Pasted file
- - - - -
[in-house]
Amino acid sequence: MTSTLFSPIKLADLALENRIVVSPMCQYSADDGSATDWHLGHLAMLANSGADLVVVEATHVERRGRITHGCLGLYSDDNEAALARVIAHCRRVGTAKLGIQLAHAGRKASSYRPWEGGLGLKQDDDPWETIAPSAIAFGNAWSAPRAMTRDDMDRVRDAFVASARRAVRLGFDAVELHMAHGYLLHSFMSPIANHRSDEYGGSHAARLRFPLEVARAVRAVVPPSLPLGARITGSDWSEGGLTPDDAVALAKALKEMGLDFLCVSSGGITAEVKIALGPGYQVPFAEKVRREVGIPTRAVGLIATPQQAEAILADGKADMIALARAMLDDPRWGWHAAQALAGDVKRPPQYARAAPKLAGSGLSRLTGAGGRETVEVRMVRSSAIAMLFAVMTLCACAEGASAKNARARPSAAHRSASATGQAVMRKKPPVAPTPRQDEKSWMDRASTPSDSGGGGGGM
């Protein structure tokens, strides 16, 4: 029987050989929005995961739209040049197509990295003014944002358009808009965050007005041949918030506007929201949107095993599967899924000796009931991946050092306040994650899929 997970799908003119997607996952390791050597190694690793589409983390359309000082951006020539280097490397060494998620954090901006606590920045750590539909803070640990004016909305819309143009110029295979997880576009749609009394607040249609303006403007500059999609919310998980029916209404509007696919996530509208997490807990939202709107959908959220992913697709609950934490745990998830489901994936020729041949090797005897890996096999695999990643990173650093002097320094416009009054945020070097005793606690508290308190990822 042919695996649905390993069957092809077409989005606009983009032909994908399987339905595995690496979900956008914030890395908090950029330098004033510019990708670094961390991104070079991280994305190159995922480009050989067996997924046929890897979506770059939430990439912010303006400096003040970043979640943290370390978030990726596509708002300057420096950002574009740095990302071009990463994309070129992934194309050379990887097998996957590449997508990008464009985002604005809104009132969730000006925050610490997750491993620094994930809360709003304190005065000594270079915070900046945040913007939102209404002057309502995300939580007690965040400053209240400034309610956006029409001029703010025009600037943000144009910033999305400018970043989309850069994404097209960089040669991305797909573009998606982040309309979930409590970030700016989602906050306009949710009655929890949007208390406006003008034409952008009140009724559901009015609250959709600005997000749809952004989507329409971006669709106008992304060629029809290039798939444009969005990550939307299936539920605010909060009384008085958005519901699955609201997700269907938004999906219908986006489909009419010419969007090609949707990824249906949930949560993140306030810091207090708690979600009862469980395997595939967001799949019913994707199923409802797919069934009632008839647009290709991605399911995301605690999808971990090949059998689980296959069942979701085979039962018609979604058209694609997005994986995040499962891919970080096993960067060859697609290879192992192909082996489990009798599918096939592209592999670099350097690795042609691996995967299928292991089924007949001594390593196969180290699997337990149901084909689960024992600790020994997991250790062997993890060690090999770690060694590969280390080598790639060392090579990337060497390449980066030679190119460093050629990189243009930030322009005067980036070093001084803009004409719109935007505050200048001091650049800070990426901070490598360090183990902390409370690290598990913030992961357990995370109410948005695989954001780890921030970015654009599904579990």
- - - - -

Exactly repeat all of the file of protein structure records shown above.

[in-house]
Amino acid sequence: MTSTLFSPIKLADLALENRIVVSPMCQYSADDGSATDWHLGHLAMLANSGADLVVVEATHVERRGRITHGCLGLYSDDNEAALARVIAHCRRVGTAKLGIQLAHAGRKASSYRPWEGGLGLKQDDDPWETIAPSAIAFGNAWSAPRAMTRDDMDRVRDAFVASARRAVRLGFDAVELHMAHGYLLHSFMSPIANHRSDEYGGSHAARLRFPLEVARAVRAVVPPSLPLGARITGSDWSEGGLTPDDAVALAKALKEMGLDFLCVSSGGITAEVKIALGPGYQVPFAEKVRREVGIPTRAVGLIATPQQAEAILADGKADMIALARAMLDDPRWGWHAAQALAGDVKRPPQYARAAPKLAGSGLSRLTGAGGRETVEVRMVRSSAIAMLFAVMTLCACAEGASAKNARARPSAAHRSASATGQAVMRKKPPVAPTPRQDEKSWMDRASTPSDSGGGGGGM
């Protein structure tokens, strides 16, 4: 029987050989929005995961739209040049197509990295003014944002358009808009965050007005041949918030506007929201949107095993599967899924000796009931991946050092306040994650899929 997970799908003119997607996952390791050597190694690793589409983390359309000082951006020539280097490397060494998620954090901006606590920045750590539909803070640990004016909305819309143009110029295979997880576009749609009394607040249609303006403007500059999609919310998980029916209404509007696919996530509208997490807990939202709107959908959220992913697709609950934490745990998830489901994936020729041949090797005897890996096999695999990643990173650093002097320094416009009054945020070097005793606690508290308190990822 042919695996649905390993069957092809077409989005606009983009032909994908399987339905595995690496979900956008914030890395908090950029330098004033510019990708670094961390991104070079991280994305190159995922480009050989067996997924046929890897979506770059939430990439912010303006400096003040970043979640943290370390978030990726596509708002300057420096950002574009740095990302071009990463994309070129992934194309050379990887097998996957590449997508990008464009985002604005809104009132969730000006925050610490997750491993620094994930809360709003304190005065000594270079915070900046945040913007939102209404002057309502995300939580007690965040400053209240400034309610956006029409001029703010025009600037943000144009910033999305400018970043989309850069994404097209960089040669991305797909573009998606982040309309979930409590970030700016989602906050306009949710009655929890949007208390406006003008034409952008009140009724559901009015609250959709600005997000749809952004989507329409971006669709106008992304060629029809290039798939444009969005990550939307299936539920605010909060009384008085958005519901699955609201997700269907938004999906219908986006489909009419010419969007090609949707990824249906949930949560993140306030810091207090708690979600009862469980395997595939967001799949019913994707199923409802797919069934009632008839647009290709991605399911995301605690999808971990090949059998689980296959069942979701085979039962018609979604058209694609997005994986995040499962891919970080096993960067060859697609290879192992192909082996489990009798599918096939592209592999670099350097690795042609691996995967299928292991089924007949001594390593196969180290699997337990149901084909689960024992600790020994997991250790062997993890060690090999770690060694590969280390080598790639060392090579990337060497390449980066030679190119460093050629990189243009930030322009005067980036070093001084803009004409719109935007505050200048001091650049800070990426901070490598360090183990902390409370690290598990913030992961357990995370109410948005695989954001780890921030970015654009599904579990």